Many introverts, ambiverts, and HSPs experience similar things within that atmosphere. We tend not to feel valued, important, or that anyone hears what we have to say, no matter how insightful or valid our ideas and thoughts might be. Our brains are not wired for being assimilated to a Borg-like state. Many of us do not subscribe to “hive-mind” mentality. And these are qualities that are pretty much a prerequisite for immersing ourselves in corporate America. You exist solely for the benefit of the company and never the other way around. Sure, many HR salesmen pay lip service to being focused on us as individuals, but that philosophy never seems to extend much further than their office. (please note: I’m sure not all companies are the same. However, in my experience, I found myself in the same atmosphere over and over and over)
I felt, back in 2000, that I needed to land a position that paid well and had good benefits. I figured that I wasn’t getting any younger, and putting in my time with a large corporation was the *only* way to proceed. I didn’t take into account that I am a strong individual, and don’t respond well to upper management or mid-management. In fact, I tend to be obstinately defiant when I feel I’m not being treated like a person instead of a robot — expected to do exactly as I was programmed. I’m that one guy who cannot be programmed by others. I am the bane of a corporation’s existence. They despise my “type” because I see through their flimsy attempts to reprogram me and to assimilate.
On the other hand, it’s really tough to start over again in your fifties, and that’s what I decided to do. That thought nearly derailed me numerous times. “I’m too old for this shit,” I’d think. But then I’d realize that I’m never going to be too old to work for myself. So I sat down and created a 52-week plan to implement my own company. That meant setting my own schedule, working from home, doing work I am passionate about and thoroughly enjoy….and never having to worry about the Beast again.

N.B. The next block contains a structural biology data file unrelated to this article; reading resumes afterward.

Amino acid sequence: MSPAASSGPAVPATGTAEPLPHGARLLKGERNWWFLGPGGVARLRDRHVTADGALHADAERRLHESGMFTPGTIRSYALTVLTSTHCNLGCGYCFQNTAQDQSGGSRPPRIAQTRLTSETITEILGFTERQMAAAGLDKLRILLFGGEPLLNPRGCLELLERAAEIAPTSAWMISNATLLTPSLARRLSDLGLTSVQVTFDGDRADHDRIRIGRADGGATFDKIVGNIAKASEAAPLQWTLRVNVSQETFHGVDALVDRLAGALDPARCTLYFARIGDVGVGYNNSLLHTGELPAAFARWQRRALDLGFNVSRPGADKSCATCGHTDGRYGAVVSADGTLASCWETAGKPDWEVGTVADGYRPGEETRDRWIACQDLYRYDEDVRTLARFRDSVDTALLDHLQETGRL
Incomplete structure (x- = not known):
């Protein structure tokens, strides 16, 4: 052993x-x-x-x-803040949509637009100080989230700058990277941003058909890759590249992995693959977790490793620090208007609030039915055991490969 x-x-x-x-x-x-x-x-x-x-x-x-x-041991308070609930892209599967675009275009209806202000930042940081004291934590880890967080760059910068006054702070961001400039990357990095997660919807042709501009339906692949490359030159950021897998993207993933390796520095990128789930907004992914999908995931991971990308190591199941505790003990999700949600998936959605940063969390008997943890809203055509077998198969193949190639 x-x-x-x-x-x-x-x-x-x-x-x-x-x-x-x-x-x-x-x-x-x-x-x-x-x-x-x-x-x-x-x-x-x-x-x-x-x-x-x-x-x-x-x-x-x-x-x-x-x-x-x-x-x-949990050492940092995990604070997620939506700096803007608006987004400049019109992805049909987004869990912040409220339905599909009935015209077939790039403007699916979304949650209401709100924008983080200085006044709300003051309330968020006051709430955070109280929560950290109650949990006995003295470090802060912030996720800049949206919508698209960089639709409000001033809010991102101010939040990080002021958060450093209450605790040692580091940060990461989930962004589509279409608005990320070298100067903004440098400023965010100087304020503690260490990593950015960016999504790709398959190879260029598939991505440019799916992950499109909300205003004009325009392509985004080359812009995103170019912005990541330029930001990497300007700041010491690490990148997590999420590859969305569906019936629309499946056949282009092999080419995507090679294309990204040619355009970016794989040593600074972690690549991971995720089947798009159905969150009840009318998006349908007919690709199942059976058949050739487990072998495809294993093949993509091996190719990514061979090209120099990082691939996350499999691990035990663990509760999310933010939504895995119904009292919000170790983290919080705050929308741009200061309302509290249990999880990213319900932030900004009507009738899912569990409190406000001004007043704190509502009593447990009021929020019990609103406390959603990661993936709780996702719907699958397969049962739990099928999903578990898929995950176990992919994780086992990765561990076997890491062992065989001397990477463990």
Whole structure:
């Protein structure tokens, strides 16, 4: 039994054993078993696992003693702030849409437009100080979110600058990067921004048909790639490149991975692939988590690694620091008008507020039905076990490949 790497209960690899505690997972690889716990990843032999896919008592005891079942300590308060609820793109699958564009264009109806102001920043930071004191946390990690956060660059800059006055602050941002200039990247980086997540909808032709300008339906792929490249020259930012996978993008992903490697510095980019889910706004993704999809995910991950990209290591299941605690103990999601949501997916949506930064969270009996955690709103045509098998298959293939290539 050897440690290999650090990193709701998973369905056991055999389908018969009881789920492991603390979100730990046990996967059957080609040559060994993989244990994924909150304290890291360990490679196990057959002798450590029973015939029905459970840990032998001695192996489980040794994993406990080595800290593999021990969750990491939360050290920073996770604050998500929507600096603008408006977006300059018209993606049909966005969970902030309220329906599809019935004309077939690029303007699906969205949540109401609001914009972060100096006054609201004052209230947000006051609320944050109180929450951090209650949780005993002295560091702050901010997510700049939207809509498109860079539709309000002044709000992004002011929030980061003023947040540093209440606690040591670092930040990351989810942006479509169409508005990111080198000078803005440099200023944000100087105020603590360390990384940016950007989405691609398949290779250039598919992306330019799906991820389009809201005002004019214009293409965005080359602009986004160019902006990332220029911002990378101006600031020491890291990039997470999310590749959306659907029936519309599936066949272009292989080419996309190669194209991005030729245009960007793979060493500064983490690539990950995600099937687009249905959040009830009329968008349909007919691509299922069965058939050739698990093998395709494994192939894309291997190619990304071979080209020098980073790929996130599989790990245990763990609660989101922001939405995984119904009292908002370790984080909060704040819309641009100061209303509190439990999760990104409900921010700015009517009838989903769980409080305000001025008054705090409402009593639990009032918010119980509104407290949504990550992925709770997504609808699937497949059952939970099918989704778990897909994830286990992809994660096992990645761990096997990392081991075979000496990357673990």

When we open our eyes to our personal reality, we can often discover amazing things about ourselves and our environment that changes our direction. We limit ourselves through statements such as I made above, or thinking we “have to have benefits” to survive. In this current economic climate, that doesn’t necessarily hold true any longer. We must stop thinking “can’t” and start believing “can.” It’s a process, don’t get me wrong. But one of the goals I made for myself was to counter every single argument I presented as to why I “can’t” with five “can”s. Soon, I had learned the lyrics to a whole new song — one that I’d written and composed myself. And while I continue to struggle at times financially and mentally, the need to avoid the Monster outweighs the false need I had created to assimilate.
I can take care of myself. I’ve been doing it since I was 12. If anything, I’m smarter and stronger now than ever before. I have confidence in my skills and abilities, and have proven time and again that I’m very very good at what I do.
How about you? Which do you choose?